Tuesday, October 13, 2009

On Land and Home

Some mornings when I'm working in the fields, I listen to books on tape. This morning, I was listening to "The Lemon Tree," by Sandy Tolan. The book delves into the history of the Israel-Palestine conflict through the inter-twining stories of a Bulgarian Jewish family and a Palestinian family. One of the most wrenching themes of the history is the fact that while one family, representing the scattered Jewish people, arrives in what they see as their homeland after 2,000 years and much persecution, another family, representing the Palestinian people, is forcibly displaced from this very same home.

At one point, Tolan describes how Israeli armies are ordered to burn fields that cannot be harvested so that the Palestinian farmers will not return. As I staked tomatoes, I tried to imagine what it would be like to see our crops destroyed by mass arson - the eight CSA boxes that we just filled with produce, this blossoming tumble of tomato leaves and stems that took me most of the morning to twine up, our ripe cucumbers and corn, my favorite purple beans... all that time, labor, and something more, too. Wartime acts of destruction reveal, in a way, the worth of land as more than the "sum of its parts." Among other things, agricultural land represents a people's means to sustain themselves, their commitment to a place, and a peaceful existence.

Agriculture's connection to peace and permanence go way back. In Christian scriptures, the first agriculturalist mentioned, Cain, murders his brother and is cursed to wander the earth with the added punishment of land that will not yield a harvest when he works the ground (Genesis 4:1-14). This pronouncement (and Cain's legendary parents' sad track record) seems to point to the Creator's disappointed intentions for humans. The ability to enjoy the earth's abundance and to reside permanently in the location of production and provision seems to be an elusive blessing throughout scripture's story of God's people. Throughout their enslavement in foreign lands, desert wanderings, and the occupation of the land they thought was theirs, the promise remains that they will "build houses and dwell in them; they will plant vineyards and eat their fruit... [and] long enjoy the works of their hands" (Isaiah 65:21). Yet God's promise of home seems never to reach fulfillment, and the people continue in the ways of Cain.

A longing for Home is one of the main reasons that I joined this project (sensing that ancient connection between land and home). I've known something of Cain's restless wanderings myself after about 11 moves in 22 years. At nearly every house where my family lived, we planted a garden or at least a few fruits and veggies. I imagine a trail of produce following us around the world: pineapples in Indonesia, corn in Tennessee, peaches in central California... and here I am today, staking tomatoes in southern California, knowing that next year they'll probably be part of the produce trail. Sometimes all I want is the security of a true home, where I can deeply know and love the place and enjoy its fruits for an indefinite time.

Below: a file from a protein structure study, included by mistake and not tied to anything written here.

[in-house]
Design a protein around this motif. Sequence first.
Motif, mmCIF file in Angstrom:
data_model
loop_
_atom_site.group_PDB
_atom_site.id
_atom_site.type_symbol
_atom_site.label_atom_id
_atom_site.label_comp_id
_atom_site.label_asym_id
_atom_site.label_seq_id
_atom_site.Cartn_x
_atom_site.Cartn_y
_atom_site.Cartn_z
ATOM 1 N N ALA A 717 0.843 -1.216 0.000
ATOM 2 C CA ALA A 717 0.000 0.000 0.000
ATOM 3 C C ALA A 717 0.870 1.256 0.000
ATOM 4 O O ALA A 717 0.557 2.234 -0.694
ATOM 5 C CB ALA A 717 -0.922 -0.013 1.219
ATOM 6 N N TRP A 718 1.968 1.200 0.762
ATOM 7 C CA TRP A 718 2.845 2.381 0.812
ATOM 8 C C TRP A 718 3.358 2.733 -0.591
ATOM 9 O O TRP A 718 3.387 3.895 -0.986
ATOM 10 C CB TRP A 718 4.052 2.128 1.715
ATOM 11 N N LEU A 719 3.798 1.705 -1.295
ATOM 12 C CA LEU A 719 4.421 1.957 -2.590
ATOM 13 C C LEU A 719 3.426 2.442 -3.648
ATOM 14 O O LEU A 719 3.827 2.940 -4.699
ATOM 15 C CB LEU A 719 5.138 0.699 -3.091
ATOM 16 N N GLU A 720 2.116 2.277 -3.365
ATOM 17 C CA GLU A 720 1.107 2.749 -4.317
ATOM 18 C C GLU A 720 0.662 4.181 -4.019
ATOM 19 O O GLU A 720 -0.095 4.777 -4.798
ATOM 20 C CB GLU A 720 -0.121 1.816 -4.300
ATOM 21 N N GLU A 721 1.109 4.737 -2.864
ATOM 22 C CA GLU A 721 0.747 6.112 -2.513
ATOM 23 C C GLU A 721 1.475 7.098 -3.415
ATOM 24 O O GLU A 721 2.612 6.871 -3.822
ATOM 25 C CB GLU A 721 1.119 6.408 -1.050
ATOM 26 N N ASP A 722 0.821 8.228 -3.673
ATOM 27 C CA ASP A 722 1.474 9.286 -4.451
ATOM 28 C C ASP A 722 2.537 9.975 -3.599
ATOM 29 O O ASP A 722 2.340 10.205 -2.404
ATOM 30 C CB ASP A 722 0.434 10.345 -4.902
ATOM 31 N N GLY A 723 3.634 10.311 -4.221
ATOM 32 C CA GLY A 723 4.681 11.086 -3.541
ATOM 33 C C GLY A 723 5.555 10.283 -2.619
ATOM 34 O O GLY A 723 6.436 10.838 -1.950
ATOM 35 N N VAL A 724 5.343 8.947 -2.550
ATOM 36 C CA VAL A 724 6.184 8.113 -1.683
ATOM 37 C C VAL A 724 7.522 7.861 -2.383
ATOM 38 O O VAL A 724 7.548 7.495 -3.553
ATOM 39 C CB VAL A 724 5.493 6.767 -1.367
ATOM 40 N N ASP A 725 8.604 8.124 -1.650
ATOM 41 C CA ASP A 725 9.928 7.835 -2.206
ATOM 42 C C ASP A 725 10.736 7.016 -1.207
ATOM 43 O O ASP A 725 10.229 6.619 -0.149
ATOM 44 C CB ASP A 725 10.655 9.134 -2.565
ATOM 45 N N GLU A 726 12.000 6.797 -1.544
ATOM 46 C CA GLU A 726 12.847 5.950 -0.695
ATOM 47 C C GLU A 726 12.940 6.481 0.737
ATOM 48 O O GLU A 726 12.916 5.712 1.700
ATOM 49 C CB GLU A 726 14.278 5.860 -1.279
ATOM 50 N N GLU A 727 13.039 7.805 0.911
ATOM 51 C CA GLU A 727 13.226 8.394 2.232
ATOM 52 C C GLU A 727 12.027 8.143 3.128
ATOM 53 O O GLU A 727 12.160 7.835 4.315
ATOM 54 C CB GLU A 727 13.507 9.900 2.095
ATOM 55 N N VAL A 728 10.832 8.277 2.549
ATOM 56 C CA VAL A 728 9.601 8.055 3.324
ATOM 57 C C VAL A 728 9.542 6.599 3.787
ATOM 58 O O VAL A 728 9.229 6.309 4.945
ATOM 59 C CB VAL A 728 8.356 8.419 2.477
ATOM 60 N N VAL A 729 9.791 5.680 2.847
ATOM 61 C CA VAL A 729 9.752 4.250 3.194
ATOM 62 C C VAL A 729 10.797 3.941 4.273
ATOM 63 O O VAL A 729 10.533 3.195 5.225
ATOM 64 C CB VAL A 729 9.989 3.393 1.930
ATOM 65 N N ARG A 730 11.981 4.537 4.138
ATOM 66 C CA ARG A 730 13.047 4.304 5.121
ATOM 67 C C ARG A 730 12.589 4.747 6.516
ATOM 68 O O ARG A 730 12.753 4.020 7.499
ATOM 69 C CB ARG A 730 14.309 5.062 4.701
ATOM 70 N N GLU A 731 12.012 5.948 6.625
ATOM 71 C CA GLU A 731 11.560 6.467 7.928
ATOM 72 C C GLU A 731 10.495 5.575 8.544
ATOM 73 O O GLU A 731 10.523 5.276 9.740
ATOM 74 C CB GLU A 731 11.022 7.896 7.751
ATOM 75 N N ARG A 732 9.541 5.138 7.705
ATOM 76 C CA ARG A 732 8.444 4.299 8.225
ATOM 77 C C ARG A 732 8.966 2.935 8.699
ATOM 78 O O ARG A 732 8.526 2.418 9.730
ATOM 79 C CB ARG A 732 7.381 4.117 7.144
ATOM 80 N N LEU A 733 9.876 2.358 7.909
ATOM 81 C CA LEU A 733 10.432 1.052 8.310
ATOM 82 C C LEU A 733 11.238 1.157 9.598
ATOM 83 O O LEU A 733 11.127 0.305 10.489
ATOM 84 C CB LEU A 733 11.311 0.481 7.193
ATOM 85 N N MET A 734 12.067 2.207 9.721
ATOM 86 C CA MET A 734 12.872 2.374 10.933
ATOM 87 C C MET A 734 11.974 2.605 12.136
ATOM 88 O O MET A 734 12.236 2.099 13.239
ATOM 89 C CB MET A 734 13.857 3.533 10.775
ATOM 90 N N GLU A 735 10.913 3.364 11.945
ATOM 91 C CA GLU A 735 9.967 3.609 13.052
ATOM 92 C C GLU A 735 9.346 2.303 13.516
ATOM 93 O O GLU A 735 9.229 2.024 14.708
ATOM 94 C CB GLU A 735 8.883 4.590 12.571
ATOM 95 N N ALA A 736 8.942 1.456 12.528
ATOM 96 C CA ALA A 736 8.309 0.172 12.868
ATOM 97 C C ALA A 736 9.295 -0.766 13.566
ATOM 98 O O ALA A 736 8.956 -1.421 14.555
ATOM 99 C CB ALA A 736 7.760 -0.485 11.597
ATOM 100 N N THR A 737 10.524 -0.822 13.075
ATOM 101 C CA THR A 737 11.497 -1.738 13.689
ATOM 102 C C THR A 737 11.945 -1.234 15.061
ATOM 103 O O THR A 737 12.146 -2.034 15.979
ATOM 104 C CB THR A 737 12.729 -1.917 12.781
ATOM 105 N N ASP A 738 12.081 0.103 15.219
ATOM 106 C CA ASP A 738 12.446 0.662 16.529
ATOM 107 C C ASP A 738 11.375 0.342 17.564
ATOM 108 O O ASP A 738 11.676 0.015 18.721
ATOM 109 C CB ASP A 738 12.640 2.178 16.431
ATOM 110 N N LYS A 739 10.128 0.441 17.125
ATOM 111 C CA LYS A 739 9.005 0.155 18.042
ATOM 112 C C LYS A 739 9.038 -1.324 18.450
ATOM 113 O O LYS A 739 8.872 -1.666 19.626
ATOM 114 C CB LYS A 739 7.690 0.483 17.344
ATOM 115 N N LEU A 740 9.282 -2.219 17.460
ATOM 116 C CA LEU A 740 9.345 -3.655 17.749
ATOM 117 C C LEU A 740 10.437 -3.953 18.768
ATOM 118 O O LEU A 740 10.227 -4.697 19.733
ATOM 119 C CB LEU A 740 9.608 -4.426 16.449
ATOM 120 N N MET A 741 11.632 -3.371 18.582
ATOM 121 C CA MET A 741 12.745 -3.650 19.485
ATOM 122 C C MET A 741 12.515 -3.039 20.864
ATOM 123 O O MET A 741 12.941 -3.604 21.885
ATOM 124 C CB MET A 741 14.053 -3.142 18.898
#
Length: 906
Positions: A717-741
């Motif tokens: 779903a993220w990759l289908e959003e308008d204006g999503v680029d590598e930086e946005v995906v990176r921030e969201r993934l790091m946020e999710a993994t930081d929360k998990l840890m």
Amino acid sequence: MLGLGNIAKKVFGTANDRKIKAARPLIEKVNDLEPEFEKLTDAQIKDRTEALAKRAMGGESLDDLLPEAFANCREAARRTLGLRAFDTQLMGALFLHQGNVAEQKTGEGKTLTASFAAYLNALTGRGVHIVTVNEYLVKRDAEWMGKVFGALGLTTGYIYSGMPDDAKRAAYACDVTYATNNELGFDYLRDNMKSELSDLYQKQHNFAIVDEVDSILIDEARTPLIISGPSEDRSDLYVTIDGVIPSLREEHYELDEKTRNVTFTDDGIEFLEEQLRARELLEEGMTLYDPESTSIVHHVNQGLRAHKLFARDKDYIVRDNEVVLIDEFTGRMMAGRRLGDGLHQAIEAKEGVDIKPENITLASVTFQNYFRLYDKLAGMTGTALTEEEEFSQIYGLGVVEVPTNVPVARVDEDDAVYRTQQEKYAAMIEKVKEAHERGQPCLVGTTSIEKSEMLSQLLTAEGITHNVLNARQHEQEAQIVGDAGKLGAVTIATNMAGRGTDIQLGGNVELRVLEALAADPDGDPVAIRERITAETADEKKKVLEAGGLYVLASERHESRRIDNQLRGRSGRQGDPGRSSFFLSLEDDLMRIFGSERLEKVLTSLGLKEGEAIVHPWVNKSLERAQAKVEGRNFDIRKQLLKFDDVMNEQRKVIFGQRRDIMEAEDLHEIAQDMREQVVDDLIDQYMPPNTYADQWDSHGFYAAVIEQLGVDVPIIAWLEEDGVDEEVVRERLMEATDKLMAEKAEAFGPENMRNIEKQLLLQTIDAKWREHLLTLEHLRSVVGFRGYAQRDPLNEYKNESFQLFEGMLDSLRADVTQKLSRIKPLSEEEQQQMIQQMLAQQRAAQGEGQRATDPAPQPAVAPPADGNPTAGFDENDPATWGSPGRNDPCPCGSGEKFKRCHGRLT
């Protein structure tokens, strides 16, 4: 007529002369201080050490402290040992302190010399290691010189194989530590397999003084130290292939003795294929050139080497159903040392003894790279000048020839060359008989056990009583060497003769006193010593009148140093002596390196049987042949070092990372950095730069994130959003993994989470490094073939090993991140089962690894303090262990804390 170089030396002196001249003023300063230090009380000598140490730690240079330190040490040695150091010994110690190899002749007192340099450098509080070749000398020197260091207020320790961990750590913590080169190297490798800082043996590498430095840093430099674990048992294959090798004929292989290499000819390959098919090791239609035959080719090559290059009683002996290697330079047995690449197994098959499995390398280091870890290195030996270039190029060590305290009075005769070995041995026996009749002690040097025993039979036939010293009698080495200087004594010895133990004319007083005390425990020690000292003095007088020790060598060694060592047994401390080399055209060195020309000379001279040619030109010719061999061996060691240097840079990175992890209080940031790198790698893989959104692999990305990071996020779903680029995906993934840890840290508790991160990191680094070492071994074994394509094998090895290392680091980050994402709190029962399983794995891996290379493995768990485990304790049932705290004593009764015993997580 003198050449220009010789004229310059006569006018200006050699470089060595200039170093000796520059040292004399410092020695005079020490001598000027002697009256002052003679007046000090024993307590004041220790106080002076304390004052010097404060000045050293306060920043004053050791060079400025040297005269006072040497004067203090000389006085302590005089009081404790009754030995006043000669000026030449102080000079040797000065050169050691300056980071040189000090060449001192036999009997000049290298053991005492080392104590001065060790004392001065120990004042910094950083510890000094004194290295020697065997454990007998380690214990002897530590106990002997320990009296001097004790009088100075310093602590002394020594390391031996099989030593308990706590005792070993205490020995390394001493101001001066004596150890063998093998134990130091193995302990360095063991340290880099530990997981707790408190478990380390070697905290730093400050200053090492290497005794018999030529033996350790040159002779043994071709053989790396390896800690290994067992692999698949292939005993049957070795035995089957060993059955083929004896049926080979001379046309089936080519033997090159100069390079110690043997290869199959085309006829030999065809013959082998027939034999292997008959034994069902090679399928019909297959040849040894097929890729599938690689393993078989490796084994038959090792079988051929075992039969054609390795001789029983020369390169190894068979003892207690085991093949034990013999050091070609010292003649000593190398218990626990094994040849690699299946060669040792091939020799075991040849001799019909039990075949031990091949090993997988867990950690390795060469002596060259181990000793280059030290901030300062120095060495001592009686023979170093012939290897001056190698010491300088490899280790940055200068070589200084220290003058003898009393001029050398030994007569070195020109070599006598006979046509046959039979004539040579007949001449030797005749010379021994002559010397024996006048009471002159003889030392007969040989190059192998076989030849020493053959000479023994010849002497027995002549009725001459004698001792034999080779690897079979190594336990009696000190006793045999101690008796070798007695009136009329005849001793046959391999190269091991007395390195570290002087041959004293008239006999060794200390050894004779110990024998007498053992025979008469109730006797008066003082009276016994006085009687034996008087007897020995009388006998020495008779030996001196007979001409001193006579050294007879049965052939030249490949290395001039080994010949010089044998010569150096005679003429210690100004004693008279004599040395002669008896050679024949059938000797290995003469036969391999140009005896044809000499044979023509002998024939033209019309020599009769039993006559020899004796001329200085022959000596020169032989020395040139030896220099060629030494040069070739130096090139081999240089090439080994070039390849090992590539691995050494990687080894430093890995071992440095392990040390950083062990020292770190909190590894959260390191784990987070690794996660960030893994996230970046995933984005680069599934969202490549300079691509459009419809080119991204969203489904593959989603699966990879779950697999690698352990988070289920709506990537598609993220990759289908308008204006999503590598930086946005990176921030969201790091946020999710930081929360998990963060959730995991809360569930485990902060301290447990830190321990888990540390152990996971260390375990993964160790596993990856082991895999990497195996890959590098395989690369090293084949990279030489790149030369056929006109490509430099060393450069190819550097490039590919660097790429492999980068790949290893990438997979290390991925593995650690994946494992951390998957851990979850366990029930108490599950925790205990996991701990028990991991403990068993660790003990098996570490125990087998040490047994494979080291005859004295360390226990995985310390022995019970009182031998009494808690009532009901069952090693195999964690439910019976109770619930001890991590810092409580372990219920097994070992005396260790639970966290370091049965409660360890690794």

My dear friends, Michael and Pamela, visited this last weekend from San Diego and, probably without knowing it, spoke some words of wisdom into my wonderings (and wanderings). They told me about the little garden they're planting together in their yard. Though no one would expect renters to care for the place aside from the most basic upkeep, my friends are dirtying their hands in ground that is not technically their "own." They only plan to live in the house they're renting for a year, yet they are poking seeds into the soil and patting into place the hope that their garden will be a gift to their neighborhood when they're no longer around to tend to it.

Hearing Pamela and Michael talk about their small act of planting a garden despite an unknown future made me think of our work here. So many of the returns, especially for our work connecting to the surrounding community, are unseen and involve a scary amount of trust in the next group of interns. I only know for sure that I'll be here until mid-summer next year, and may be gone when others harvest what we sow. Yet I believe this relatively short time of connecting to place and developing a home will last longer than my time here, and will be a part of something larger than itself.

In this way, our farm project, like my friends' garden planting, helps me understand what people mean when they talk about the kingdom, or commonwealth, of God. I think that these hopeful plantings are, literally, contributions to a kingdom that doesn't belong to me or anyone else and whose harvest I may never fully enjoy. These thoughts make me wonder if I will ever experience permanence in my lifetime, or a sense of home... but maybe, as I glimpse more and more how our work proclaims a converging reality, I'll somehow live out something of the "Promised Land" on the different plots of rented earth wherever I may live.


1 comment:

  1. Katerina, your post reminds me of an Arab proverb: "If we expect to see the final results of our work, we simply have not asked a big enough question." Thank you for your generous sowing in land and community what will not be fully harvested in your intern year.